Everywhere I look for this exercise, I see it is used as a mobility and assessment exercise. It also says it build terrific strength, nothing more. But why would the old-time strongmen then use this with a 100 pound as a right of passage for further learning and strength? Have we lost the value of this exercise?


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Sounds like you "get it", and your progress is certainly commendable. 24kg tgu's are nothing to sneeze at.

To your last point, yes, I believe many overlook or lose sight of the value of this exercise. Let's face it, it isn't a "tough guy" looking exercise. If you don't understand the difficulty of it, watching someone perform it produces little-to-no "wow" factor for the average spectator, etc. Us humans seem to inherently lose sight of the fundamentals. We have this need to over-complicate things, when in fact its the basics that produce the lion's share of the results. Kettlebells... been around for hundreds of years. A simply iron ball with a handle. But we've developed fancy machines costing thousands of dollars to try to accomplish the same result. TGU... one exercise, one iron ball. Traditional... a host of a dozen exercises with machines and different bars and plates all to try to accomplish what one exercise can produce. My personal opinion... if it seems too basic... you're probably on the right track.

Iron Tamer

Strongman, Speaker and Seeker of Truth
After spending a year and a half doing little else beside getups, i recommend spending time with it. Most of your questions will be answered by the practice and if you pay attention to the process, you will gain insight that you can learn but not be taught.


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Yes, Bill, I have the same impression. It can be too basic. But if you see human TGU's, then the wow finally comes. But then, there's not enough information on the internet, and most people don't want to spend too much time doing it to understand the exercise.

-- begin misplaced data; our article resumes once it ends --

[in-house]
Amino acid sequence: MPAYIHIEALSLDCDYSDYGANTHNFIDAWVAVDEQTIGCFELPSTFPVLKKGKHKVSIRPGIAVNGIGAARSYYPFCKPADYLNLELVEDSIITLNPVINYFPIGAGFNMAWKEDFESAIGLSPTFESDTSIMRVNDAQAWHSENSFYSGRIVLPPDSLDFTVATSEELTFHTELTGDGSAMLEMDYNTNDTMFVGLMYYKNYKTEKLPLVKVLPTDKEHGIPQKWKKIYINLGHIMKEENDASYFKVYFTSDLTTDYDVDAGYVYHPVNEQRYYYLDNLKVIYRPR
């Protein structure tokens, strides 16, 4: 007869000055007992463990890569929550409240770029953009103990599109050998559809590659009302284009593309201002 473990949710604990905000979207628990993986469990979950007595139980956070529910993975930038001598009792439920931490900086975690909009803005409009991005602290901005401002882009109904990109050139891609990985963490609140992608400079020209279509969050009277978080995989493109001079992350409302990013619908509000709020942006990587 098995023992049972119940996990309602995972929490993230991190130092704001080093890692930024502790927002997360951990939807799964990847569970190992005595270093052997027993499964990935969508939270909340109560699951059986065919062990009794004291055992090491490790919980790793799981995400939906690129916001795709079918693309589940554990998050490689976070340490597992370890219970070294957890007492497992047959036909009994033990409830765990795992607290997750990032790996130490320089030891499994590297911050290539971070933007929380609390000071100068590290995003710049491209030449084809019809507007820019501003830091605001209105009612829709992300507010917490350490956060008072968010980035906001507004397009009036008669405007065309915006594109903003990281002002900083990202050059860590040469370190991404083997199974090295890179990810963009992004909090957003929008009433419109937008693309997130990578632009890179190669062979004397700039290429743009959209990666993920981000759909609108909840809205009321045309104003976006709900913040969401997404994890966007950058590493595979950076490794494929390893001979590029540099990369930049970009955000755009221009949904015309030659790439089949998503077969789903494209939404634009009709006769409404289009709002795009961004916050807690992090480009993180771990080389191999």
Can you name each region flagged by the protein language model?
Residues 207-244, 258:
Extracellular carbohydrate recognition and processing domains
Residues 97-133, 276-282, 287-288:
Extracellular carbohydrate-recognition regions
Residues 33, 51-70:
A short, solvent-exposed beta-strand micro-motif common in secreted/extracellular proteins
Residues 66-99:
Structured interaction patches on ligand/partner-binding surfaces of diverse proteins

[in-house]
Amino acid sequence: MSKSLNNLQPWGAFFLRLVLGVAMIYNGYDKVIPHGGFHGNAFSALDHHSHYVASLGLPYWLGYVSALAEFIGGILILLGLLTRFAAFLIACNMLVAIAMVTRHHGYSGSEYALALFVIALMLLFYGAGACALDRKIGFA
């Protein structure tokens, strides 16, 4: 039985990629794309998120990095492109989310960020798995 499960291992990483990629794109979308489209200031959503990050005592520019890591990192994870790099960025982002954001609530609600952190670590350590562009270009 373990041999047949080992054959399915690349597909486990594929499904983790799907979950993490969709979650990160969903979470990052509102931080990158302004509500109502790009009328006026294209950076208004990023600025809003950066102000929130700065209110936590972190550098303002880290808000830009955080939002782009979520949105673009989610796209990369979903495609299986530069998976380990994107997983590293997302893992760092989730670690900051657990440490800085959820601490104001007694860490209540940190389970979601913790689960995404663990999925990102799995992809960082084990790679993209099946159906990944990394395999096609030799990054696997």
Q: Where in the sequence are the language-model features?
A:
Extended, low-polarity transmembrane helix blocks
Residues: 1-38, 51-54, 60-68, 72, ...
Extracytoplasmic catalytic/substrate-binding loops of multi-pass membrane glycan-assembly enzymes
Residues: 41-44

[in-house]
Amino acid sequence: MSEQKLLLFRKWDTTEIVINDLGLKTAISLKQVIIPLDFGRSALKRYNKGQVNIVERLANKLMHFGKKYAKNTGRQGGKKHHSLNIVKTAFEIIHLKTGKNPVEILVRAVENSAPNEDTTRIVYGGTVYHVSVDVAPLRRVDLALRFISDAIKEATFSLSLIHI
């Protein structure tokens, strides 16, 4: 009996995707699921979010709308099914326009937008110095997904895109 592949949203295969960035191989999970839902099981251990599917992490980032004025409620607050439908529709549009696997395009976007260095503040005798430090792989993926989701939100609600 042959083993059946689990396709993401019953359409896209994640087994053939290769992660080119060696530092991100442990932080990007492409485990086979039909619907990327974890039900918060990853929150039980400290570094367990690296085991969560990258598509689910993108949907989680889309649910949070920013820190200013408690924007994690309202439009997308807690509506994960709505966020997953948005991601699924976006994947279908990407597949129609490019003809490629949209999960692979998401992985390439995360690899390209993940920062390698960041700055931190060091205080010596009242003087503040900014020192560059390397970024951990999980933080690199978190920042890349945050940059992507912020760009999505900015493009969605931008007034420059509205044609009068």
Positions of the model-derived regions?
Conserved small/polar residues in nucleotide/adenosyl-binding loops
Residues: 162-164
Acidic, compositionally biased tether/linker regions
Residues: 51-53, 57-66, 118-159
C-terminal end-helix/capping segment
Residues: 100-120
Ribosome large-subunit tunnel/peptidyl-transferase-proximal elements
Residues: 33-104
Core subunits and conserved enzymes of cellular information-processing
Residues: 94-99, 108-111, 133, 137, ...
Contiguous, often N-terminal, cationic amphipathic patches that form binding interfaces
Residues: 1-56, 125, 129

Iron Tamer, you're absolutely right, I have learned more in a few days of TGU's then I have in months doing not.


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What kind of move is TGU in Easy Strength/40 days workout? Push? "The 5th movements"?

Is it reasonable to do:

3 easy 1-2-3 ladder of One Arm Overhead Press ,

Pull up,

Zercher Squat (rule of ten),

KB Swing (50-100)

and 1-3 TGU per side?



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Toby, I think the TGU is a anterior chain movement.

Can't help you on the programming though. Don't have the experience or knowledge for that.


Just figured something out: the PM is 1 posterior chain + 1 anterior chain movement. What a coincidence... Still don't know though why this is a program minimum, it's just all you need...

Brian P Gill

Double-Digit Post Count
Certified Instructor
With regard to the 'pull' in the Turkish Get Up, part of me wants to refer to Mr. Whitley's post, "most of your questions will be answered by the practice..." Though I think that is the case, it'd be a fairly lazy response, making it inappropriate for this forum.

Explicitly, the roll to press has a pull. Implicitly, in my opinion, maintaining proper shoulder alignment (throughout the exercise) requires a 'pull.' Lat activation is essential throughout. A number of cues are available, reiterating this point.

Regarding Daniel's inquiry about baseline goals, there are a variety of approaches. Personally, I like have use the Get Up as a gauge for my Military Press (Being sure that i can perform a Get Up with a weight before pressing it overhead). Therefore, with ETK in mind, the kettlebell closest to one half your body weight is a respectable lift. Of course, having accomplished that, the strongman standard of one hundred pounds, presented in 'Kettlebells From the Ground Up' may become your new goal/standard.

That said, however, I'd suggest paying more attention to the quality of the movement. As indicated in my previous post, I've practiced the movement with a variety of weights and each repetition was valuable. Humbly expanding upon what Mr. Whitley said, the movement IS that rewarding. Be sure to perform it mindfully, and reap the benefits.



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Certified Instructor
Hi Toby,

I'd probably use the TGU as the warm up for the 40 day program. It could be the push, but I'd rather use it as a movement screen beforehand with a lighter bell. I would probably leave the ab work as the wheel, or leg raises - although heavy get ups do work the abs...


If the 24kg gets easy, you may find that dropping the weight and doing a 'bottoms up' get up will yield excellent rewards.

Hope that helps guys.

Piers Kwan, SFG, CK-FMS